Modified computation of stress impact score compared to MyChillNews. In my definition of stress score, the numerator is the sum of loves, hahas and thankfuls minus the sum of sad and angries. The denominator is the sum of loves, hahas, thankfuls, sads, angries and wows. I decided not to use wows in the numerator as from my anectodal evidence, wow can be used for both positive news and negative news.
Minor changes in requests response code and other changes for Python 3.
5. Data Analysis
In this sub-section, I analyze the collected data. First, I filter the dataframe by removing topics for which there are less than 25 articles and records with total number of reactions less than 10.
<class 'pandas.core.frame.DataFrame'> RangeIndex: 821 entries, 0 to 820 Data columns (total 18 columns): link_name 821 non-null object num_angries 821 non-null int64 num_comments 821 non-null int64 num_hahas 821 non-null int64 num_likes 821 non-null int64 num_loves 821 non-null int64 num_reactions 821 non-null int64 num_sads 821 non-null int64 num_shares 821 non-null int64 num_thankfuls 821 non-null int64 num_wows 821 non-null int64 status_id 821 non-null object status_link 821 non-null object status_message 821 non-null object status_published 821 non-null object status_type 821 non-null object stress_score 821 non-null float64 topic 821 non-null object dtypes: float64(1), int64(10), object(7) memory usage: 115.5+ KB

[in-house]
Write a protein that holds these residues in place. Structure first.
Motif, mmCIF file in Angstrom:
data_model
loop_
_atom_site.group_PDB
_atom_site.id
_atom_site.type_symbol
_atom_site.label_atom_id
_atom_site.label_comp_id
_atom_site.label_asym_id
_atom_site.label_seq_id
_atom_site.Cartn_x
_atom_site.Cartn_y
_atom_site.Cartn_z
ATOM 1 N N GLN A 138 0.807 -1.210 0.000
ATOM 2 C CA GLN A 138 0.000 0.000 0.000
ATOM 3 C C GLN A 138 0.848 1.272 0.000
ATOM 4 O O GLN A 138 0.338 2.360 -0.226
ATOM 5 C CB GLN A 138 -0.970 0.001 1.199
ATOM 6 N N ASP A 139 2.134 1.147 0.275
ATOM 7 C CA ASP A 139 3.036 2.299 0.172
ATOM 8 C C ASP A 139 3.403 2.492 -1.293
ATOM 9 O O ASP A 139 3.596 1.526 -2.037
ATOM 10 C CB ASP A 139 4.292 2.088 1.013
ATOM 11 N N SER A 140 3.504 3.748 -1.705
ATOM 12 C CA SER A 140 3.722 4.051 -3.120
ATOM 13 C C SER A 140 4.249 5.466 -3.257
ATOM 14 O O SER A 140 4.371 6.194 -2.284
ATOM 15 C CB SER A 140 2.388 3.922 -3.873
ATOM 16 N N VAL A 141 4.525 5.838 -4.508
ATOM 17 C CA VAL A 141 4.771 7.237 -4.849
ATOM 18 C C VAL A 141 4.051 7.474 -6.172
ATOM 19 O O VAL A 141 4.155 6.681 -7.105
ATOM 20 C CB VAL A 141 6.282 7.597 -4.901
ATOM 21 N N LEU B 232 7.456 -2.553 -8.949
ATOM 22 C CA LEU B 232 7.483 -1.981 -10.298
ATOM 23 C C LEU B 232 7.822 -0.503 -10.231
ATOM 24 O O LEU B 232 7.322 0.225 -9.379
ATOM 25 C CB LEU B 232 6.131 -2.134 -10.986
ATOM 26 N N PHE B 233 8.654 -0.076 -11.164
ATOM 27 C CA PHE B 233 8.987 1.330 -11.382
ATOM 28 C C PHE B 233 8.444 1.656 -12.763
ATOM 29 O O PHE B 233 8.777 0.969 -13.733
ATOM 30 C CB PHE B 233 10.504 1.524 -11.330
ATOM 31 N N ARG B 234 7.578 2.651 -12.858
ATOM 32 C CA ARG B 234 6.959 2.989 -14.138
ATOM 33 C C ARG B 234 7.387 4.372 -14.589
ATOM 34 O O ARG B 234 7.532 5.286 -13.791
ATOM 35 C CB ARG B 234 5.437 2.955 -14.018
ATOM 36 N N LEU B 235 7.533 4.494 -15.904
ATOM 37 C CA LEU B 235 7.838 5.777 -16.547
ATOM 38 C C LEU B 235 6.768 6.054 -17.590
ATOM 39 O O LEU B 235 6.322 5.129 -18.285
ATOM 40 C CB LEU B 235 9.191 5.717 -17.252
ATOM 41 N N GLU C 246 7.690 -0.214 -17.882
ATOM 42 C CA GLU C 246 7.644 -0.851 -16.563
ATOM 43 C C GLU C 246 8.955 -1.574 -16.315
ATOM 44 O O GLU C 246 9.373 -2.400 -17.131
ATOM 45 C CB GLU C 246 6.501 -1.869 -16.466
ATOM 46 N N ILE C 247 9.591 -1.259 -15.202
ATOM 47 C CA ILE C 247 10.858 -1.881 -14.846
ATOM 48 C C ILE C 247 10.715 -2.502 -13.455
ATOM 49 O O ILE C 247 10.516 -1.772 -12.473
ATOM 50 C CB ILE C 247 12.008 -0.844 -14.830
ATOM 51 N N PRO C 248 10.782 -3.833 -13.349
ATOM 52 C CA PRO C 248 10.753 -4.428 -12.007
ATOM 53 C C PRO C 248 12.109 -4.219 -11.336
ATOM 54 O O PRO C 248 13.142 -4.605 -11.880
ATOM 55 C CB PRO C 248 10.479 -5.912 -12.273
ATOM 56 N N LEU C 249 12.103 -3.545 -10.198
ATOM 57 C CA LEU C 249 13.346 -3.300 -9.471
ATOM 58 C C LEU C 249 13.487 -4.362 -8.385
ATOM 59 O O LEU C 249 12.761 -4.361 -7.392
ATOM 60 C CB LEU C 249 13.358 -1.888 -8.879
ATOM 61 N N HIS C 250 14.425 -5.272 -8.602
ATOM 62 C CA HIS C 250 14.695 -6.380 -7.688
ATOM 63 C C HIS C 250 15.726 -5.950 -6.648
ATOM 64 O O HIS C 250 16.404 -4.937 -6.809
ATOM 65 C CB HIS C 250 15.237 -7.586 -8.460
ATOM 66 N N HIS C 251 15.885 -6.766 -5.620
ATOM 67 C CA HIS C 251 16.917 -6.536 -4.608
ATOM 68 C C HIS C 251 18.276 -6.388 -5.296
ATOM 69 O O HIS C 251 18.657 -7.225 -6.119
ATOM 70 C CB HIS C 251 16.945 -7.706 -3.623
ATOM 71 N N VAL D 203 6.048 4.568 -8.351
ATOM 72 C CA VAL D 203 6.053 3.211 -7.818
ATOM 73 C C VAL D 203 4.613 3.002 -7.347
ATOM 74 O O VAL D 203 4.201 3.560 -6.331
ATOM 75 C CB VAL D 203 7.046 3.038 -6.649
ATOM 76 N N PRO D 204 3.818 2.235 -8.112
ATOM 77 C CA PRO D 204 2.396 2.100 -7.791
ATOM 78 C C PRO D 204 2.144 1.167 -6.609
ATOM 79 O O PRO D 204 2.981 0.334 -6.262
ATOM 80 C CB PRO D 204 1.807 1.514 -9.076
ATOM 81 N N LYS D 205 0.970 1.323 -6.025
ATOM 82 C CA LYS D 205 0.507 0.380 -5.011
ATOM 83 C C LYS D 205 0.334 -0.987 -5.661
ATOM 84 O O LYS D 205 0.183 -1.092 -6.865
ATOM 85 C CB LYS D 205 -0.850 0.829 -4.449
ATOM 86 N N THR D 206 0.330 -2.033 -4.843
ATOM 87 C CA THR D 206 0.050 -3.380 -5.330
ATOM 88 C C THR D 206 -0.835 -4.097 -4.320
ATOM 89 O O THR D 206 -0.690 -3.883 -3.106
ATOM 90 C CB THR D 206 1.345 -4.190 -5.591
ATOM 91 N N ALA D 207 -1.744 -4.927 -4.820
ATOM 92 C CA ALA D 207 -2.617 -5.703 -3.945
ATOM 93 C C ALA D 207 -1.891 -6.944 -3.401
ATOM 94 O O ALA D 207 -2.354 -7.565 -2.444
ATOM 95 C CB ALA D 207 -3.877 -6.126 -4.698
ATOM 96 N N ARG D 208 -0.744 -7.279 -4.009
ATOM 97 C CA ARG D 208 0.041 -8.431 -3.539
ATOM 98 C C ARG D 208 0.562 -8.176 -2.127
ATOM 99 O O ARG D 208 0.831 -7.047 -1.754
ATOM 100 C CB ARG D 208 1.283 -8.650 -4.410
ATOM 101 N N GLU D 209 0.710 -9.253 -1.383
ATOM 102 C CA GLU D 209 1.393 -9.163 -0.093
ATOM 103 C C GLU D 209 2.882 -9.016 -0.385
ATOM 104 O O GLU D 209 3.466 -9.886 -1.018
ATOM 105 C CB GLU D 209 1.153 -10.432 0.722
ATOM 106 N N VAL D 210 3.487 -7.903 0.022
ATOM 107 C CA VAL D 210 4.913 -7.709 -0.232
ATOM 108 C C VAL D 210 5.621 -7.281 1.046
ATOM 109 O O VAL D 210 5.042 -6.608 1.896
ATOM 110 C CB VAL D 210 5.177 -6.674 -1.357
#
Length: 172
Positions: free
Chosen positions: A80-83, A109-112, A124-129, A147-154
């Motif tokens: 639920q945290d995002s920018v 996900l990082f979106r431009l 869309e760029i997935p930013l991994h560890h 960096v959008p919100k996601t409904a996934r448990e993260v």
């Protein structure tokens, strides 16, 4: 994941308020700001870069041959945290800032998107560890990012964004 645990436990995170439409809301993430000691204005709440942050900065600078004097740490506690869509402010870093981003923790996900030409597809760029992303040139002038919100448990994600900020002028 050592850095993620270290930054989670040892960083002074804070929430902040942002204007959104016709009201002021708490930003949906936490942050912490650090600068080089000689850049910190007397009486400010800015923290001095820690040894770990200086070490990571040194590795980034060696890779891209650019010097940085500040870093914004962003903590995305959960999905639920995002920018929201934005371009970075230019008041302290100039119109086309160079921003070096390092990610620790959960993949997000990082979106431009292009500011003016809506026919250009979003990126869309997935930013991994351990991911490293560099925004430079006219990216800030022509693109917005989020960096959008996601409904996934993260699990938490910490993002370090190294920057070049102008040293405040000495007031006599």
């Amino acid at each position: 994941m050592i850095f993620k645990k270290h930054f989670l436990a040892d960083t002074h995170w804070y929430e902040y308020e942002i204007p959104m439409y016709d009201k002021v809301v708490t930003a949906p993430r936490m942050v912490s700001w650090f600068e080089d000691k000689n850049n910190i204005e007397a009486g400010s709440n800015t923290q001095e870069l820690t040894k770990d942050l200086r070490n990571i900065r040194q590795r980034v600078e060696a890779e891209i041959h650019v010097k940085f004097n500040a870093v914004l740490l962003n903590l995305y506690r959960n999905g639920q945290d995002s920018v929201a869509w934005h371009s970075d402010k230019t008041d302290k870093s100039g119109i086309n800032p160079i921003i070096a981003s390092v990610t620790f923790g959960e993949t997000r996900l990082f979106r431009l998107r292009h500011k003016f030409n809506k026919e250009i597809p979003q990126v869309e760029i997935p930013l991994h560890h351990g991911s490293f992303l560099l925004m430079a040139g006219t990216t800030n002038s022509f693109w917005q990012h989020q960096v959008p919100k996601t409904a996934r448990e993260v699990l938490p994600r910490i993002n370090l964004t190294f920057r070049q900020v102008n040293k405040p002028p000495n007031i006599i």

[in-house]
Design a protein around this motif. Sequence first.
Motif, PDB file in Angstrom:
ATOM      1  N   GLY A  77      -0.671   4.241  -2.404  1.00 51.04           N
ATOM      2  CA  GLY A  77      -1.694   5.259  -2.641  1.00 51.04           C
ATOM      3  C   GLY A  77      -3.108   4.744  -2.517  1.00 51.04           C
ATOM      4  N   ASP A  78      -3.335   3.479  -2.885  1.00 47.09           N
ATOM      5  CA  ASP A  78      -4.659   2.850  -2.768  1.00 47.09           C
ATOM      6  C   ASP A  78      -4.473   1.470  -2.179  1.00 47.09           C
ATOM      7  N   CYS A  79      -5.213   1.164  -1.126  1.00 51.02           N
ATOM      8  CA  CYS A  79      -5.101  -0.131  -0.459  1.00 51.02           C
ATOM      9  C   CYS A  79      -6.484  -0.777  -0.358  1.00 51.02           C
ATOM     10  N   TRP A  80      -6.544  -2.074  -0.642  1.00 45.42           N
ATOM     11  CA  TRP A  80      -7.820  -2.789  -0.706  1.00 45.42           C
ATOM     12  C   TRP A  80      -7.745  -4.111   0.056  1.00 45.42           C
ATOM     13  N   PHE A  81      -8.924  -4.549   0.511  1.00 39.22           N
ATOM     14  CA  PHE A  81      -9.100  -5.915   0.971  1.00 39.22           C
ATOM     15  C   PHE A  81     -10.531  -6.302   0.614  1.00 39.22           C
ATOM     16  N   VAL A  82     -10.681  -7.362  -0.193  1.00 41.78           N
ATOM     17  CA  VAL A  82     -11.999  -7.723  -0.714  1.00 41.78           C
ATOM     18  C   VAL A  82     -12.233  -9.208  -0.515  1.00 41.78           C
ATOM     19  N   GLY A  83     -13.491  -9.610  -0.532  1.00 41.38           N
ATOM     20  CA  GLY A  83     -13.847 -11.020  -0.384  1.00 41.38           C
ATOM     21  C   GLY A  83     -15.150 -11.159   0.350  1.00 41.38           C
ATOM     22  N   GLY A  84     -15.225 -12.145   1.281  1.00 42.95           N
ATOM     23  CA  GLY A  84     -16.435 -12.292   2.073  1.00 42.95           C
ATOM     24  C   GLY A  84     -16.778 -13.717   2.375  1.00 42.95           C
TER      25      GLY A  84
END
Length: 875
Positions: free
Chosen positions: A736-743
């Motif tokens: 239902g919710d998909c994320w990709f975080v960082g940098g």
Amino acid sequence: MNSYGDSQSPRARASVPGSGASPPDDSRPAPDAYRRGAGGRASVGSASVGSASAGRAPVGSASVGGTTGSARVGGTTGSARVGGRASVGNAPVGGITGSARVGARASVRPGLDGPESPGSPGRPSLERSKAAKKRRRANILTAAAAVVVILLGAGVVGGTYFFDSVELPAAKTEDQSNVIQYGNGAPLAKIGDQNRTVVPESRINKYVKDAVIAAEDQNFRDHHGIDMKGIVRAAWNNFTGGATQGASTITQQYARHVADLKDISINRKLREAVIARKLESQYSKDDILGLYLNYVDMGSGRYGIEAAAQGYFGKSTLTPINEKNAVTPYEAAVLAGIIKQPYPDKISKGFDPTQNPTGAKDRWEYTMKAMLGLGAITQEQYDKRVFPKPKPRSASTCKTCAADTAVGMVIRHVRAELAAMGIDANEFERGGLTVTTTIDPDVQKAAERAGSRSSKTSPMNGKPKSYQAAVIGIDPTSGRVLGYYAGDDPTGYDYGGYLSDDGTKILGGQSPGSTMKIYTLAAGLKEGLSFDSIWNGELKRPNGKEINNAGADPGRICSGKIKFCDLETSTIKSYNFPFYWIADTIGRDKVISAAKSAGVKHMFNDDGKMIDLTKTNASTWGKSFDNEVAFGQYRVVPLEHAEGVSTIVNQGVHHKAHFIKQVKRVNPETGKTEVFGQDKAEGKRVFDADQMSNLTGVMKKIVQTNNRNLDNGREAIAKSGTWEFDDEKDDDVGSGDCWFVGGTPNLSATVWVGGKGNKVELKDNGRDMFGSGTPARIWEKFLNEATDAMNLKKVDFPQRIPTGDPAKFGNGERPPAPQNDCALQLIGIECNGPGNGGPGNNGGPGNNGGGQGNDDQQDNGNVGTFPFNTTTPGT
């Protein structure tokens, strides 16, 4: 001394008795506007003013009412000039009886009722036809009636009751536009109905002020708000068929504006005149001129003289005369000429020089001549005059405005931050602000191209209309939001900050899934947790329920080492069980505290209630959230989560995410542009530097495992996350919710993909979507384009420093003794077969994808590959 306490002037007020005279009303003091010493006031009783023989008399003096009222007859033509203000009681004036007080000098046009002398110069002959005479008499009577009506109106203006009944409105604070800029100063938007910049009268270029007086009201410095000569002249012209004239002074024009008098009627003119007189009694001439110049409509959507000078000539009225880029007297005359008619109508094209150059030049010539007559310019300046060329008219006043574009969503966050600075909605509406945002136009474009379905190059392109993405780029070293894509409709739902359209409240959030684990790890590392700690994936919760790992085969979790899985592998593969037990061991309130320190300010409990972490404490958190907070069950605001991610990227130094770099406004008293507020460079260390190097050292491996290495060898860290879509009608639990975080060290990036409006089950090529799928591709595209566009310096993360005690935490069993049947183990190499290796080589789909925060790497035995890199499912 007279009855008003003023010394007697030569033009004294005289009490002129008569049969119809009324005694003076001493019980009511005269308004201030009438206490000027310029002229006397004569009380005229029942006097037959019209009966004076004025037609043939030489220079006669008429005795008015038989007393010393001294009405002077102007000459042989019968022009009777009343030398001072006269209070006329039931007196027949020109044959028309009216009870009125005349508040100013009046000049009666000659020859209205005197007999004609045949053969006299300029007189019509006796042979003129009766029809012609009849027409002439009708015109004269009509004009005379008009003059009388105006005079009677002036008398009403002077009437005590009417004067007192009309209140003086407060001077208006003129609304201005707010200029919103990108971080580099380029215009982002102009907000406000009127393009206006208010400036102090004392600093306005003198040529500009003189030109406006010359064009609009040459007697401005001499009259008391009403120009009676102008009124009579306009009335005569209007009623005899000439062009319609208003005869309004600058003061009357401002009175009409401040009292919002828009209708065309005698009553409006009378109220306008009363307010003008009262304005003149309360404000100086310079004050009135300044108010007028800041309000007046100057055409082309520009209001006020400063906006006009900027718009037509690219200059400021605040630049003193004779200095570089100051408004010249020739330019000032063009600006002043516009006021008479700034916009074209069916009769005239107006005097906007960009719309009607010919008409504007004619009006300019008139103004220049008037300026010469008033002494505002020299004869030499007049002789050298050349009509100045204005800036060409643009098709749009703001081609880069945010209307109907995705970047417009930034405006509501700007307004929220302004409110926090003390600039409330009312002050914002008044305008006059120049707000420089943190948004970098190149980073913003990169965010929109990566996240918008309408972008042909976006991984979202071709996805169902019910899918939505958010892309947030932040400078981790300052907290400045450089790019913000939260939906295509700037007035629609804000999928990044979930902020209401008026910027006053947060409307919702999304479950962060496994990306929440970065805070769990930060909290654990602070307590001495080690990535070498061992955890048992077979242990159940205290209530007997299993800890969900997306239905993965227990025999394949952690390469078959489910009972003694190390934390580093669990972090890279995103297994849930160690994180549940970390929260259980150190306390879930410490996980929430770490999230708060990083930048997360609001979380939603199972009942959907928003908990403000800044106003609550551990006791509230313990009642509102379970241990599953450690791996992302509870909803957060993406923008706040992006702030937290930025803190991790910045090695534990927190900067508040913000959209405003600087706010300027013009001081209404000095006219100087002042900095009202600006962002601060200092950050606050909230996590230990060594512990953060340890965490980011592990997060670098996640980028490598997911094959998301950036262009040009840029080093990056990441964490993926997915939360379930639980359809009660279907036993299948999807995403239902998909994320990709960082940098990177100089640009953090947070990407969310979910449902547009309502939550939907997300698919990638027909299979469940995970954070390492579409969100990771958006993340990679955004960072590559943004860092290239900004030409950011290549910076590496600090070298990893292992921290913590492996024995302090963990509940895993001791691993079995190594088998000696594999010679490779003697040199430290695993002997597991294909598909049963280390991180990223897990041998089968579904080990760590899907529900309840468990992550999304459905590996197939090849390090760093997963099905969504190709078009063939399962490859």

# Making a copy on which we will perform the transformations news_df = guardian_data.copy()
# Removing the records with number of reactions less than 10 # Total number of reactions includes the likes so they have to be removed news_df = (news_df .loc[news_df['num_reactions'] - news_df['num_likes'] >= 10,:])
# Removing rows with topics which have a total number of articles less than 25 news_df = (news_df.groupby(['topic']) .filter(lambda x: len(x) >= 25))
5.1 Reaction Analysis
In this sub-section, we analyze the relationship between the different reactions after classifying them into positive and negative reactions. Also, I validate not using “wow” in the Stress score computation by showing that it does not have significant correlation with either positive reaction ratio or negative reaction ratio.
To analyze the relationship between positive reactions and negative reactions, I first compute positive reaction ratio and negative reaction ratio for each record. In short, they are the fractions of the total reactions on the record.
news_df['positive_ratio'] = ((news_df['num_hahas'] + news_df['num_loves'] + news_df['num_thankfuls']) / (news_df['num_reactions'] - news_df['num_likes'])) news_df['negative_ratio'] = (news_df['num_sads'] + news_df['num_angries']) / (news_df['num_reactions'] - news_df['num_likes']) news_df['wow_ratio'] = news_df['num_wows'] / (news_df['num_reactions'] - news_df['num_likes'])